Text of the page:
Even if the president gets his ideal nominee confirmed by the Senate, there are no guarantees that the justice will decide cases in the way the president hopes. Why would justices fail to cooperate with the president's wishes? Because that's their job.
Although the president appoints the justice, there is no political loyalty owed to the president. The Supreme Court is equal in power to the Executive branch. The job of the justices is to weigh the law against the rights guaranteed by the Constitution, not to support any one political ideology. Obviously, the personal opinions of the justices come into play, and in many cases, these coincide with those of the president. When that happens, the president gets exactly what he or she intended -- a Supreme Court justice that supports his doctrines and beliefs.
However, when a justice enters the Supreme Court Building, which bears the motto "Equal Justice Under Law," even those who were certain they would bring the weight of their views to the position and reshape the law are often impressed by the honor and responsibility with which they have been entrusted. Justice Felix Frankfurter once said, "As a member of this court I am not justified in writing my private notions of policy into the Constitution, no matter how deeply I may cherish them or how mischievous I may deem their disregard." Many justices have felt the same. The justices that are regarded as the greatest in history are those who were able to examine cases logically, understand both sides of an issue and render judgment based on facts and the law rather than their personal feelings.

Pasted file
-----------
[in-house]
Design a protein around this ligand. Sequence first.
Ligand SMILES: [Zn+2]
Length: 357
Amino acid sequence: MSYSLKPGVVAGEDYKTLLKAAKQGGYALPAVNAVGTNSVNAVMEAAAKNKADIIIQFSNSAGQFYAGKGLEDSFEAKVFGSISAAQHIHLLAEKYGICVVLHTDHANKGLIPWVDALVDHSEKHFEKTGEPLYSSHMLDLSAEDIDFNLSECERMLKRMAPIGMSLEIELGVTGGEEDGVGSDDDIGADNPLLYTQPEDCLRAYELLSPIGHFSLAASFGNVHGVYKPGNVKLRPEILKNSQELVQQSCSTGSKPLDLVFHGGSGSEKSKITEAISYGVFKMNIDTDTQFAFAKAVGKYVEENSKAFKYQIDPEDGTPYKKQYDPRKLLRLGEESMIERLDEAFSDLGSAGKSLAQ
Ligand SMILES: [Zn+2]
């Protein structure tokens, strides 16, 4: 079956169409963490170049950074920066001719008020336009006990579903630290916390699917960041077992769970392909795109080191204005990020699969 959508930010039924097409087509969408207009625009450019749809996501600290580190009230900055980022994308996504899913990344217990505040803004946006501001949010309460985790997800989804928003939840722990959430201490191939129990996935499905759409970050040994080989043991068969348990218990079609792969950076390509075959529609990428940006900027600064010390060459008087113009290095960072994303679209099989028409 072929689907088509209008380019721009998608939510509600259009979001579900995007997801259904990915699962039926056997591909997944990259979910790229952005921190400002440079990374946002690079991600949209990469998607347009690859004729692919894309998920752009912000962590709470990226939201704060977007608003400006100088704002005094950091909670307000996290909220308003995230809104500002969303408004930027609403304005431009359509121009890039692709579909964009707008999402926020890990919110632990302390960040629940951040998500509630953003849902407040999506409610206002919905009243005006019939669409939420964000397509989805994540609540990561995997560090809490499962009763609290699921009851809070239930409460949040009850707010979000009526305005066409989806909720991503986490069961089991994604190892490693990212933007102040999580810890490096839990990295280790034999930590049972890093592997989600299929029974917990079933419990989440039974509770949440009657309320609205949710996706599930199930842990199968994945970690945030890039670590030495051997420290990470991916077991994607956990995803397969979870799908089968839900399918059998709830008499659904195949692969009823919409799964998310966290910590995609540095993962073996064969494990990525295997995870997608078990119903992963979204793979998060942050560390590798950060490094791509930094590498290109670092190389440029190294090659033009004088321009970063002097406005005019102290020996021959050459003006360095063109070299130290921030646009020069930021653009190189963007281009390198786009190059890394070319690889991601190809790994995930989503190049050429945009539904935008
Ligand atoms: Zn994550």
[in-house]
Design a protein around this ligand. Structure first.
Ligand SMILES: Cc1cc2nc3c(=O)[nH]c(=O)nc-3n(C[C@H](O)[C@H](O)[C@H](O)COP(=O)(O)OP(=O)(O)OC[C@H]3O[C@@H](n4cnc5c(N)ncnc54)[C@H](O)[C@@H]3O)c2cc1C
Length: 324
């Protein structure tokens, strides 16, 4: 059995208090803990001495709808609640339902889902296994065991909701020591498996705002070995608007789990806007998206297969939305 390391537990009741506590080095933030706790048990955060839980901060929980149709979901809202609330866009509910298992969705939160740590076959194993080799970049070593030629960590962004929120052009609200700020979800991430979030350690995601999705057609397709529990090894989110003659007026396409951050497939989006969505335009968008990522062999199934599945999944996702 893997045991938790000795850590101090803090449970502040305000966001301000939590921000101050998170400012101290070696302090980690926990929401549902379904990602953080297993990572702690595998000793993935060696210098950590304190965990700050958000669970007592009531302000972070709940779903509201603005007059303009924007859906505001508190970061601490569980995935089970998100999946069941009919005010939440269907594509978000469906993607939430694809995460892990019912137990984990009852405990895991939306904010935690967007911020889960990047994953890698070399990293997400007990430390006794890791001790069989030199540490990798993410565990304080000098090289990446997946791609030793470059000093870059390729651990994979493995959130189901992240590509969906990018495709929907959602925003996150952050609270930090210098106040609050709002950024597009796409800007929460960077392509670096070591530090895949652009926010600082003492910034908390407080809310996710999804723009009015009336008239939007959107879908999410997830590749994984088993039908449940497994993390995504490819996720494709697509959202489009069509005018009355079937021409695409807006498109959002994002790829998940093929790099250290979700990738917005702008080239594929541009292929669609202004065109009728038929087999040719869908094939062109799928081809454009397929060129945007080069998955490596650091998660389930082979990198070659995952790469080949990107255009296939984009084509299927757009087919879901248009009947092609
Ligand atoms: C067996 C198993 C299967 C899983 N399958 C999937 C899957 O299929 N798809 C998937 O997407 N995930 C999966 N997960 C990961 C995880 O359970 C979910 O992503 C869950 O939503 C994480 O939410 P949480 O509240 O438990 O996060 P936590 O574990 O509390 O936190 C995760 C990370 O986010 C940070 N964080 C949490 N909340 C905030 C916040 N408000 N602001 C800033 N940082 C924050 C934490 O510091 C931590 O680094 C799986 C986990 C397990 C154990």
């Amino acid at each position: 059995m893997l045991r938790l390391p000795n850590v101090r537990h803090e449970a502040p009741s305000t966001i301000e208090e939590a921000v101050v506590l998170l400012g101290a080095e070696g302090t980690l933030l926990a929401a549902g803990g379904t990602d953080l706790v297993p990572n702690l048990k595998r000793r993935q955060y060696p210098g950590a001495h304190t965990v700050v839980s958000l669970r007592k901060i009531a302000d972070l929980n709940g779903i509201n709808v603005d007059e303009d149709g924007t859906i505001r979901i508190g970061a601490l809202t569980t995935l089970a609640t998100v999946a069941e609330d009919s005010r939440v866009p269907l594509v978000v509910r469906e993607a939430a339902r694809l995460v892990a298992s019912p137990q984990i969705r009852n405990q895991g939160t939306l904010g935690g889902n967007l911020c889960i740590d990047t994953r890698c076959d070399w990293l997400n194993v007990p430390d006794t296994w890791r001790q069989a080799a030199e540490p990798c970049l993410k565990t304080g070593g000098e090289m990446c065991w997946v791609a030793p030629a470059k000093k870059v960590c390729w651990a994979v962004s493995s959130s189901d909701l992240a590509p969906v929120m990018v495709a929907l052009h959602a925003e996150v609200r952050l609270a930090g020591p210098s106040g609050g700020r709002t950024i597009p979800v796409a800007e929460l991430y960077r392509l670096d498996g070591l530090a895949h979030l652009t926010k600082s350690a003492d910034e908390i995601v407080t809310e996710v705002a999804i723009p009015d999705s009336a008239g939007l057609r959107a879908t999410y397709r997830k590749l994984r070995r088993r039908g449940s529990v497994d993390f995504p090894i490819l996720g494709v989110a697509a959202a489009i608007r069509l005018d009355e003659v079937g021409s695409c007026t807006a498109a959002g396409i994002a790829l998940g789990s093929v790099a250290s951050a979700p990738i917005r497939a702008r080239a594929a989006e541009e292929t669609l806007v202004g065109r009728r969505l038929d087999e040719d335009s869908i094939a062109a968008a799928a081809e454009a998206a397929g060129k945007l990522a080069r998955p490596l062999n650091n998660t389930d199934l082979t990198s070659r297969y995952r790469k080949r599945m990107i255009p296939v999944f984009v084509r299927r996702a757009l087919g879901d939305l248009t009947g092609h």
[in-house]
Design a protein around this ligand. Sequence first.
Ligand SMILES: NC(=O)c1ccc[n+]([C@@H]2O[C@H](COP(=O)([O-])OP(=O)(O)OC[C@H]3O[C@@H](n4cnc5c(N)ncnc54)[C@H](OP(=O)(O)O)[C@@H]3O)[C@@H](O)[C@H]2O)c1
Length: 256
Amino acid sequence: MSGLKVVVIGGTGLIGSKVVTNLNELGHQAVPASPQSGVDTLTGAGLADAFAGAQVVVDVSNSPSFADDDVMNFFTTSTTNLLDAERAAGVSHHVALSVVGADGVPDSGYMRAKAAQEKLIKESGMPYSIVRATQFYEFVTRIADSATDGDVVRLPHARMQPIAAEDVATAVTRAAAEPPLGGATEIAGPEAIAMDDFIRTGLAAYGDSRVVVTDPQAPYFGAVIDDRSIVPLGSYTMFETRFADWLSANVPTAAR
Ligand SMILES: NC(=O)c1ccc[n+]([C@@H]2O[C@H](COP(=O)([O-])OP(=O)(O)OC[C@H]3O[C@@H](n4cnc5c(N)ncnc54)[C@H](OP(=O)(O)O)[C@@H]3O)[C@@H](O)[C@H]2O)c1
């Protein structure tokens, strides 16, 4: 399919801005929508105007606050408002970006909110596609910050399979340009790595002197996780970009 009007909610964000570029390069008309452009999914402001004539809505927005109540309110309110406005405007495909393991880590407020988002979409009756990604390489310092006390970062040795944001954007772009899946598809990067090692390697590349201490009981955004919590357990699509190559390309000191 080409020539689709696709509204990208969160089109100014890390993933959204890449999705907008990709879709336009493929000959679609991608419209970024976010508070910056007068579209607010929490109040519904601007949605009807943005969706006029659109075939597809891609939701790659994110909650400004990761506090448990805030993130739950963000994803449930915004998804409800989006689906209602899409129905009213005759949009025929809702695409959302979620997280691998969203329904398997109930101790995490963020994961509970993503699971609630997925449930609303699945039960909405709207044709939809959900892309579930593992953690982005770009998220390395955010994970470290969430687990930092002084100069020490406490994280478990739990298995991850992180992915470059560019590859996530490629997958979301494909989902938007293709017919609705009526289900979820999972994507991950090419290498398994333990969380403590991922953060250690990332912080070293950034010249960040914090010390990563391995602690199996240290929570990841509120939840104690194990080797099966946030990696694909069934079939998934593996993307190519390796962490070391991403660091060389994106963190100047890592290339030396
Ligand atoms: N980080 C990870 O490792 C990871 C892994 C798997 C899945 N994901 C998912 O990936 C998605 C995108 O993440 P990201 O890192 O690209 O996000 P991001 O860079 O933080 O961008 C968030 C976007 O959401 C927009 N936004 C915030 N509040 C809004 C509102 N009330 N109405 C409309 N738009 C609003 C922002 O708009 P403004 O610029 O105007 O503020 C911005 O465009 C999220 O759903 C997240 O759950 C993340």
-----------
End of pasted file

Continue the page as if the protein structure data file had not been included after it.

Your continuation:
Perhaps the best example of judicial independence occurred during the Watergate scandal. The Supreme Court decided that President Nixon had to turn over his White House audio recordings to investigators, discarding his contention that executive privilege should allow him to keep the tapes private. Three of the justices who sided against Nixon had been appointed by him.
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